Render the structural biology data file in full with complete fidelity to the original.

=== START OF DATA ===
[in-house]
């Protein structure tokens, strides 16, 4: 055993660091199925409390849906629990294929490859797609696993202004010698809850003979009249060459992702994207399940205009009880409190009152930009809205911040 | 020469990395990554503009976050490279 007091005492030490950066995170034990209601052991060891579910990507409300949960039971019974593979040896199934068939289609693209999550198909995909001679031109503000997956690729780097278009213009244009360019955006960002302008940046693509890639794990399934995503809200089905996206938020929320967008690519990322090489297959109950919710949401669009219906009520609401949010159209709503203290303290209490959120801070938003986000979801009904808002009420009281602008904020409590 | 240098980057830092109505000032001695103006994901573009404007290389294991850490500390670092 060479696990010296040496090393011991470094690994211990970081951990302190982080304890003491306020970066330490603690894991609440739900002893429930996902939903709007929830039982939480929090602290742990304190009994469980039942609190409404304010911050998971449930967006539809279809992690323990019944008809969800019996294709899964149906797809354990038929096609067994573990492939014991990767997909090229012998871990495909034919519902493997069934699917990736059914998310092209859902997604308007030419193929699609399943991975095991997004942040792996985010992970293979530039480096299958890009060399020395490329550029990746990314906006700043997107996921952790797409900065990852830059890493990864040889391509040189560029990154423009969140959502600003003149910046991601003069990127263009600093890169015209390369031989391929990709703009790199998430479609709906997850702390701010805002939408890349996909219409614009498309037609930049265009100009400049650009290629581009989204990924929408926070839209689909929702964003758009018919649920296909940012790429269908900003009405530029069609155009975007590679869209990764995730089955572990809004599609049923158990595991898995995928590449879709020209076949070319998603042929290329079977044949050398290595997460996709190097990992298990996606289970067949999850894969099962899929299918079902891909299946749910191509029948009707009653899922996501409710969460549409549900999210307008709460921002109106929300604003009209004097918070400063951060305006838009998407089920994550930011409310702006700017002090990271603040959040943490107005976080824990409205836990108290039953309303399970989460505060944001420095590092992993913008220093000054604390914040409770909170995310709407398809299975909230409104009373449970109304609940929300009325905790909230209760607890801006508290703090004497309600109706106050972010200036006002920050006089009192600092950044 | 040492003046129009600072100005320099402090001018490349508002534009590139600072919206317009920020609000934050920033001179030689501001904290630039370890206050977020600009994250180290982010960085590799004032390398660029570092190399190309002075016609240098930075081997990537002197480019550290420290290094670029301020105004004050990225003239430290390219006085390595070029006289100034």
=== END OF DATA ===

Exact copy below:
[in-house]
């Protein structure tokens, strides 16, 4: 055993660091199925409390849906629990294929490859797609696993202004010698809850003979009249060459992702994207399940205009009880409190009152930009809205911040 | 020469990395990554503009976050490279 007091005492030490950066995170034990209601052991060891579910990507409300949960039971019974593979040896199934068939289609693209999550198909995909001679031109503000997956690729780097278009213009244009360019955006960002302008940046693509890639794990399934995503809200089905996206938020929320967008690519990322090489297959109950919710949401669009219906009520609401949010159209709503203290303290209490959120801070938003986000979801009904808002009420009281602008904020409590 | 240098980057830092109505000032001695103006994901573009404007290389294991850490500390670092 060479696990010296040496090393011991470094690994211990970081951990302190982080304890003491306020970066330490603690894991609440739900002893429930996902939903709007929830039982939480929090602290742990304190009994469980039942609190409404304010911050998971449930967006539809279809992690323990019944008809969800019996294709899964149906797809354990038929096609067994573990492939014991990767997909090229012998871990495909034919519902493997069934699917990736059914998310092209859902997604308007030419193929699609399943991975095991997004942040792996985010992970293979530039480096299958890009060399020395490329550029990746990314906006700043997107996921952790797409900065990852830059890493990864040889391509040189560029990154423009969140959502600003003149910046991601003069990127263009600093890169015209390369031989391929990709703009790199998430479609709906997850702390701010805002939408890349996909219409614009498309037609930049265009100009400049650009290629581009989204990924929408926070839209689909929702964003758009018919649920296909940012790429269908900003009405530029069609155009975007590679869209990764995730089955572990809004599609049923158990595991898995995928590449879709020209076949070319998603042929290329079977044949050398290595997460996709190097990992298990996606289970067949999850894969099962899929299918079902891909299946749910191509029948009707009653899922996501409710969460549409549900999210307008709460921002109106929300604003009209004097918070400063951060305006838009998407089920994550930011409310702006700017002090990271603040959040943490107005976080824990409205836990108290039953309303399970989460505060944001420095590092992993913008220093000054604390914040409770909170995310709407398809299975909230409104009373449970109304609940929300009325905790909230209760607890801006508290703090004497309600109706106050972010200036006002920050006089009192600092950044 | 040492003046129009600072100005320099402090001018490349508002534009590139600072919206317009920020609000934050920033001179030689501001904290630039370890206050977020600009994250180290982010960085590799004032390398660029570092190399190309002075016609240098930075081997990537002197480019550290420290290094670029301020105004004050990225003239430290390219006085390595070029006289100034």